Some COVID-19 Data Analysis Basics – New Events, Cum Events, and Logarithms

We see graphs of COVID-19 events on a regular basis these days. Two common ones are bar charts for daily new events (COVID-19 cases, hospitalizations, deaths) and the “sweeping curve” to capture a cumulative number of events. Additionally, log transformations are mentioned. The purpose of this blog is to shed a bit of light on these curves and the role of the log transformation.

Lessons From the Operating Curve for the Dual Government COVID19 Objectives: Reopen the Economy and Eliminate COVID19

There is plenty of material being written and posted on the challenges, estimating the growth in COVID19 incidences, and thoughts about the economy. The purpose of this is to pull from experiences in the trenches in shifting OPCURVE to provide some guidance on actions to take to help the nation achieve both critical goals.

Some Basics on the Value of S Curves and Market Adoption of a New Product

An ongoing challenge for any firm is estimating demand for new products.  This is especially true when the product has new technology or is replacing an existing product and the additional function in the new product is limited. Often a mathematical constructed called an S curve is helpful. This blog provides an overview of S curves and why they can be helpful.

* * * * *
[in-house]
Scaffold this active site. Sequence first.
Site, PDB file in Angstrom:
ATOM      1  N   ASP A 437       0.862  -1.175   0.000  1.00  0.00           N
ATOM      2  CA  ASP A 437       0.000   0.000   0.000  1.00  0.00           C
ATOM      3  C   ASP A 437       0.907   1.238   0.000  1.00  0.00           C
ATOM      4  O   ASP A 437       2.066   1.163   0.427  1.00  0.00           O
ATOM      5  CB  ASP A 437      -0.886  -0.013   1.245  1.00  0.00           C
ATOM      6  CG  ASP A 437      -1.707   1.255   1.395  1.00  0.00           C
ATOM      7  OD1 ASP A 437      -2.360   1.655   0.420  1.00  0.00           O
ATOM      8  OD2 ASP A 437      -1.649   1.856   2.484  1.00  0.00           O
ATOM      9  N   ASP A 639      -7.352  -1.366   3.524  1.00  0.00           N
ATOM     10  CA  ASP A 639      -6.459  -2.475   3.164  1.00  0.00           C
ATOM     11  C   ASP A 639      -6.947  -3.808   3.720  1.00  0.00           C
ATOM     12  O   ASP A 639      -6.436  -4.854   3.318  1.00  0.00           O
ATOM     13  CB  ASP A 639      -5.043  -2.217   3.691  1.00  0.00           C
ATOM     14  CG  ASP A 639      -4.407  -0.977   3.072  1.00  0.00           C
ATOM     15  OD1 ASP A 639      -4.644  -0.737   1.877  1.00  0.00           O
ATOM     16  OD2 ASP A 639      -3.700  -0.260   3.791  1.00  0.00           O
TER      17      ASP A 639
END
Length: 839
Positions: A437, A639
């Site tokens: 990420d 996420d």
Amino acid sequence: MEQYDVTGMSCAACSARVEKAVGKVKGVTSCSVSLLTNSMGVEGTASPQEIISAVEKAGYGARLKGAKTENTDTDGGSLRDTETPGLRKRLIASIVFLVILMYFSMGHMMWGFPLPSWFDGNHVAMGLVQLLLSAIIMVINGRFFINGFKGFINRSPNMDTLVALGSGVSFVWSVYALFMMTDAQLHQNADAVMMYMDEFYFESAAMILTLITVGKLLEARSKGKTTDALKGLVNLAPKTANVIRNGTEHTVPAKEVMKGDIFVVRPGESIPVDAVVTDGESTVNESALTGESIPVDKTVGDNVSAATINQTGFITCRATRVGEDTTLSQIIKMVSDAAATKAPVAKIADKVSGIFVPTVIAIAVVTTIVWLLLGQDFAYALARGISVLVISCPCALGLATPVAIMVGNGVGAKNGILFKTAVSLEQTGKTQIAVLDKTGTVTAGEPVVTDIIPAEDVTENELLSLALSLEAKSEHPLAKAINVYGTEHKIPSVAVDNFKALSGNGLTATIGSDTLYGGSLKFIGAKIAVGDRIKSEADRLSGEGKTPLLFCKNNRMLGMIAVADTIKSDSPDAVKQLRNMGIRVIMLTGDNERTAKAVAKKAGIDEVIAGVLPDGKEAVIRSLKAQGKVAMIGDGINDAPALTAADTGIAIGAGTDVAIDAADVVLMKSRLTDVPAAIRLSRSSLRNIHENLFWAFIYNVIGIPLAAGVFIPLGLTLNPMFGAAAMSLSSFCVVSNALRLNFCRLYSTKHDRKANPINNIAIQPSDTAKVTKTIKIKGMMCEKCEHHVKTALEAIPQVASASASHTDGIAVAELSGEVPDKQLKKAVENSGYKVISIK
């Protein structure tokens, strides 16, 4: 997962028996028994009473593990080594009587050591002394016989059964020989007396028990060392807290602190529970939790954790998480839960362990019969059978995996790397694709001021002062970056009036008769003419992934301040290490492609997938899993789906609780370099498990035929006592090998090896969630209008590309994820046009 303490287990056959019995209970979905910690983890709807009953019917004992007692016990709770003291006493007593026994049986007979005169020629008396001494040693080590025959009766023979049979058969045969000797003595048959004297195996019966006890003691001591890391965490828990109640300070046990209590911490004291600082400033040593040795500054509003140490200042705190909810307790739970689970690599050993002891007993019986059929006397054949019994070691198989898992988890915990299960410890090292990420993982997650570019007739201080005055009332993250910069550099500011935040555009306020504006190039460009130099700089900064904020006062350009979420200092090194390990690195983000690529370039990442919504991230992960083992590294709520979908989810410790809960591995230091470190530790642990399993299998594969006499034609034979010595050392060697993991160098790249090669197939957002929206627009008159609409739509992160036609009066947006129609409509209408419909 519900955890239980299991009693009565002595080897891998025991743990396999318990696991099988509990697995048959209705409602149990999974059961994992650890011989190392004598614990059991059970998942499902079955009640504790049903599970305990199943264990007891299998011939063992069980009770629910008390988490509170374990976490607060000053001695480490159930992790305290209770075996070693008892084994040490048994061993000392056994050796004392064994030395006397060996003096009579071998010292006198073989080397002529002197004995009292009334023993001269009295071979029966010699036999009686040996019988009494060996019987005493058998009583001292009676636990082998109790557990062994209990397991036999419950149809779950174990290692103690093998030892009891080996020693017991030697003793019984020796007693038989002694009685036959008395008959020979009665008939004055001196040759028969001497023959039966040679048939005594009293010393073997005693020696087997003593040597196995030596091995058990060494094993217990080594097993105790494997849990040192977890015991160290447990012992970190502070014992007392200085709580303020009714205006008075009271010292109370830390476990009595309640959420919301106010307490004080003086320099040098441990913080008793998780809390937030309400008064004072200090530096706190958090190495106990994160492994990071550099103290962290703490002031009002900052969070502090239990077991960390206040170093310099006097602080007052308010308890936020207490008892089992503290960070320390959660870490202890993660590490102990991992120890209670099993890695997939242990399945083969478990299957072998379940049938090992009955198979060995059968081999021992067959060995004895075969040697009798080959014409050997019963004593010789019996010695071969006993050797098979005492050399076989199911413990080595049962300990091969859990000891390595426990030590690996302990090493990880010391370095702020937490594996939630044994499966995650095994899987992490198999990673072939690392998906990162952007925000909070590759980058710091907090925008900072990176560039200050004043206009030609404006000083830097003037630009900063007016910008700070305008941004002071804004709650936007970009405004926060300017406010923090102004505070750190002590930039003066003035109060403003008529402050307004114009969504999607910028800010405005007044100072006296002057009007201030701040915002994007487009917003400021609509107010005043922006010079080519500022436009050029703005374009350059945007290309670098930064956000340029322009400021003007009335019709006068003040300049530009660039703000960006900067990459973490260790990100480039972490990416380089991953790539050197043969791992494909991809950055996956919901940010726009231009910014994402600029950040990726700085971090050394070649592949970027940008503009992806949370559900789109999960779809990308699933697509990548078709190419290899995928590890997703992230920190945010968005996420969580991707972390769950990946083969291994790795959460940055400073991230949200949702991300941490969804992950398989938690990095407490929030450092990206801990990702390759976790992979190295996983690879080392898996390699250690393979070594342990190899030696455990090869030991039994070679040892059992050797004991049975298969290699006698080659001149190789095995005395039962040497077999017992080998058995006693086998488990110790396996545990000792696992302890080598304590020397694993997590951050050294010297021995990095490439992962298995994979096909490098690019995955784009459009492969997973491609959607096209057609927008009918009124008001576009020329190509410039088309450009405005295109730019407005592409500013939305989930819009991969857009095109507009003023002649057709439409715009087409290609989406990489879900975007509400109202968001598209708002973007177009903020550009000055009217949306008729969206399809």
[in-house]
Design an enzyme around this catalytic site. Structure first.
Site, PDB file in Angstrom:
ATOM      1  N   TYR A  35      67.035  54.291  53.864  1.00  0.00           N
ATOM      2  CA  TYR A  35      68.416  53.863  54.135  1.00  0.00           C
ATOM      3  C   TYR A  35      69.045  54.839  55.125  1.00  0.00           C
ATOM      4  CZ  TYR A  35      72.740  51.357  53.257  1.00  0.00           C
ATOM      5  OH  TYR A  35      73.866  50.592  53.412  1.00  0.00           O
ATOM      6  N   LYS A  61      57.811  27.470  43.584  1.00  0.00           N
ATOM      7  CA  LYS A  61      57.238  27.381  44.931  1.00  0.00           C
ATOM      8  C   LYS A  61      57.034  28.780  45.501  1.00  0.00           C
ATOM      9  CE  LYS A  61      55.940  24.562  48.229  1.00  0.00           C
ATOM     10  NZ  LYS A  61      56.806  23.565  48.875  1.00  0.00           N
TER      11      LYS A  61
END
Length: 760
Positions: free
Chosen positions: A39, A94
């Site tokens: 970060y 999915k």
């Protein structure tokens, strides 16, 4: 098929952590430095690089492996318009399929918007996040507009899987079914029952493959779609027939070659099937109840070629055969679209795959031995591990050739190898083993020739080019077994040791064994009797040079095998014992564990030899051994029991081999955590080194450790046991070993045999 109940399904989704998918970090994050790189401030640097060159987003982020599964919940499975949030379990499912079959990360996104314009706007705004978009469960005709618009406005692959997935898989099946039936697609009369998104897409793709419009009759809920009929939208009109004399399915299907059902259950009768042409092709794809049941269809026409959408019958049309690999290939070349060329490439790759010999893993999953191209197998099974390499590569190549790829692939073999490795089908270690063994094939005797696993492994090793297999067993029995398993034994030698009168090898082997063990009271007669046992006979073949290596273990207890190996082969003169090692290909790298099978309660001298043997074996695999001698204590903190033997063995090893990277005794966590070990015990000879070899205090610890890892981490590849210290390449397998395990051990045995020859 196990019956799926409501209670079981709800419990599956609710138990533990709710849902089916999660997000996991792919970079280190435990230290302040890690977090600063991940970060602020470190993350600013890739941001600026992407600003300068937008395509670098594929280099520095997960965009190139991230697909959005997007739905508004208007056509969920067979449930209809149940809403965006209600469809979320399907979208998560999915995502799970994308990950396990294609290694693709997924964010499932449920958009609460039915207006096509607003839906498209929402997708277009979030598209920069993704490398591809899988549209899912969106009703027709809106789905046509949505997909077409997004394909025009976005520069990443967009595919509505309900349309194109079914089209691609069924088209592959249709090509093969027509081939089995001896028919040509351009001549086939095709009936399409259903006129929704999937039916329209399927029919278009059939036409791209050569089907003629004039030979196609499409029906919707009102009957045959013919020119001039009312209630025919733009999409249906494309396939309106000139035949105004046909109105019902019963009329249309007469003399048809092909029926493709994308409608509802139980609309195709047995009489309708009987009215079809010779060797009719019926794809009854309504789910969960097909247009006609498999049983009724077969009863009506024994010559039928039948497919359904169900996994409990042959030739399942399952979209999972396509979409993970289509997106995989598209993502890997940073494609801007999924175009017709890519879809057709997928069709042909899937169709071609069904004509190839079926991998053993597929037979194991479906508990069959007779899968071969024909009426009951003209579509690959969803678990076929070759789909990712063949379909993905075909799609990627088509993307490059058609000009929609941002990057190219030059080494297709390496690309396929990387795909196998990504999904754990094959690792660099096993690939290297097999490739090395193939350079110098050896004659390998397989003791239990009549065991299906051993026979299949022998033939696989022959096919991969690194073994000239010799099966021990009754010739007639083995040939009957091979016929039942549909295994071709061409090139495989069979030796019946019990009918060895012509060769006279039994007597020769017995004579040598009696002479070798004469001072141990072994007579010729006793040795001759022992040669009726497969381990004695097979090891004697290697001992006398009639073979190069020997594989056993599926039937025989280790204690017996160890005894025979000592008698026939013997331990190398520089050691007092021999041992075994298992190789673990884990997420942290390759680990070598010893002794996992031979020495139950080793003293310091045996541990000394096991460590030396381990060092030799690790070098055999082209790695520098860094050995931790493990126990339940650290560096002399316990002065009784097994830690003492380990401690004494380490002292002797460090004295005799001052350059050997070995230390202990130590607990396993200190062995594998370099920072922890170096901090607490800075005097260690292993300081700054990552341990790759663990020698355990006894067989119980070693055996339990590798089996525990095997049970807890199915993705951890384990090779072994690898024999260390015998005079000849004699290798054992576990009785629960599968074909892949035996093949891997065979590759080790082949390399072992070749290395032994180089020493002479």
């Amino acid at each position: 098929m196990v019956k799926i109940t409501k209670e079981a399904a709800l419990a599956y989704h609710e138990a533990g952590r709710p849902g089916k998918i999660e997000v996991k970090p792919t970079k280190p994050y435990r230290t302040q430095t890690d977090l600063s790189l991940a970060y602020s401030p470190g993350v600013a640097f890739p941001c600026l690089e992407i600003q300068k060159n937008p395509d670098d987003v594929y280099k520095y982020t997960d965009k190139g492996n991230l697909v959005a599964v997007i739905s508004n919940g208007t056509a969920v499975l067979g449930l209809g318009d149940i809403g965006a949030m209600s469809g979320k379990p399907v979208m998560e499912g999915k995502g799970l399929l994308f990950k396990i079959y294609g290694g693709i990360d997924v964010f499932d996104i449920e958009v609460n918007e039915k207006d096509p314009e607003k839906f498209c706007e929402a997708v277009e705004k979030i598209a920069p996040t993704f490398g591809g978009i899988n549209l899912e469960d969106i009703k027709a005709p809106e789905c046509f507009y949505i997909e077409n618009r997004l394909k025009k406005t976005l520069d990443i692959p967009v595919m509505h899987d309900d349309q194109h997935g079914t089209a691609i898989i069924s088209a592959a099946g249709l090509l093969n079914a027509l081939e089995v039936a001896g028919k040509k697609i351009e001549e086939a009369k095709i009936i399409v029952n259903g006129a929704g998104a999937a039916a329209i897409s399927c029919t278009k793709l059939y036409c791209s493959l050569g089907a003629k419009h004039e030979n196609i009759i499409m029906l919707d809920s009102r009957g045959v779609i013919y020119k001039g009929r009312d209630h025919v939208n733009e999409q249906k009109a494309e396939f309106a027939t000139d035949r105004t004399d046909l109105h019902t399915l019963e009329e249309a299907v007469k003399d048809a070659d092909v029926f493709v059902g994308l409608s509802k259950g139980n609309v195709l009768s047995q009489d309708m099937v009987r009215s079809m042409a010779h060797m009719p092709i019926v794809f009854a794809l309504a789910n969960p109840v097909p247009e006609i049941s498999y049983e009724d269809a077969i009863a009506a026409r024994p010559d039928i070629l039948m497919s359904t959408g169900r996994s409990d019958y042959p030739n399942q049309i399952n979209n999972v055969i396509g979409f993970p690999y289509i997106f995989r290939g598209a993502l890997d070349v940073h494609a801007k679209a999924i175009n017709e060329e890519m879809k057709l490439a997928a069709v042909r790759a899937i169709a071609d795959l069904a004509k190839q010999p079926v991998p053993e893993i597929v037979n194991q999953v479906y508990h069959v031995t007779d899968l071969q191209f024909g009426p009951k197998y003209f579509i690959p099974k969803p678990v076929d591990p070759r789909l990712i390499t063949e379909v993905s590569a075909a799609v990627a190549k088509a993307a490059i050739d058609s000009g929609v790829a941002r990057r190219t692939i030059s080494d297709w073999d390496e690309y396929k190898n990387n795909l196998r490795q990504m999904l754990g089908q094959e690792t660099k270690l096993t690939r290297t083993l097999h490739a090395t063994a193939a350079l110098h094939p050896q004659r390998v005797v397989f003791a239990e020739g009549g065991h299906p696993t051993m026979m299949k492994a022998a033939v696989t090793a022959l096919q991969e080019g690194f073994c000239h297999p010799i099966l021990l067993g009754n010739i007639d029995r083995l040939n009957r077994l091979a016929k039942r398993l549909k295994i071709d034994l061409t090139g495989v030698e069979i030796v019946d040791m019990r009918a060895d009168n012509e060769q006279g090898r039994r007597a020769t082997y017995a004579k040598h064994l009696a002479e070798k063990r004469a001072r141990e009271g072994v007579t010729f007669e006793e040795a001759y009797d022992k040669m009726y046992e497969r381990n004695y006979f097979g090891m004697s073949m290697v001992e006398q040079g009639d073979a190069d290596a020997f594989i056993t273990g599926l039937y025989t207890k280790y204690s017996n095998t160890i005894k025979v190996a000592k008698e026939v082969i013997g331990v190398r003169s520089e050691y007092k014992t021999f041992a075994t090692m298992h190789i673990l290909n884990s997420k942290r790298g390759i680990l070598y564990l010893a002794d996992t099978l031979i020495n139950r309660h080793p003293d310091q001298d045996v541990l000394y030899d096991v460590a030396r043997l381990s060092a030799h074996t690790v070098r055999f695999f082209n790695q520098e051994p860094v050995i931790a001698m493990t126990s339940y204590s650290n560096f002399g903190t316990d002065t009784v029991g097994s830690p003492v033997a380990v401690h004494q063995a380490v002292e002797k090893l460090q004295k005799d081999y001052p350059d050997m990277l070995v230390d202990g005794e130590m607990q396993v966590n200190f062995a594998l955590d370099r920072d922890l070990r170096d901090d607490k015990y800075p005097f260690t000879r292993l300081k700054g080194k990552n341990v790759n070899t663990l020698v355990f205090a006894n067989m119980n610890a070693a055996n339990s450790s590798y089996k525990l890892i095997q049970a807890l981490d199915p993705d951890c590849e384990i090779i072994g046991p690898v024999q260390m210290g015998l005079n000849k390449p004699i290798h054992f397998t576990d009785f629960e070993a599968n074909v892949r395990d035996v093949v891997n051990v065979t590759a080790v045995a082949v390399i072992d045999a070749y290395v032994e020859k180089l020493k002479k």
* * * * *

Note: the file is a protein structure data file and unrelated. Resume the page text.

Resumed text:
Taking the mystery out of the rapid growth of COVID-19 and the purpose of social distancing – some basics for Octogenarians

The spread of the COVID19 virus is a major concern of everyone. Typically, two critical questions are being asked: why it seemed to grow so quickly over the last few weeks and what is the impact of social distancing. This blog provides a kitchen table explanation of “rapid growth” and how social distancing might dampen growth.

“Optimized” Inventory Forecasting a Co-Product of Optimized Central Planning

In a recent blog on Inventory Forecasting the core challenges and business importance of estimating inventory are outlined. A projected inventory position across time (plan) is a natural co-product of most central or master planning models that match assets with the demand to create a projected supply line linked to demand. 

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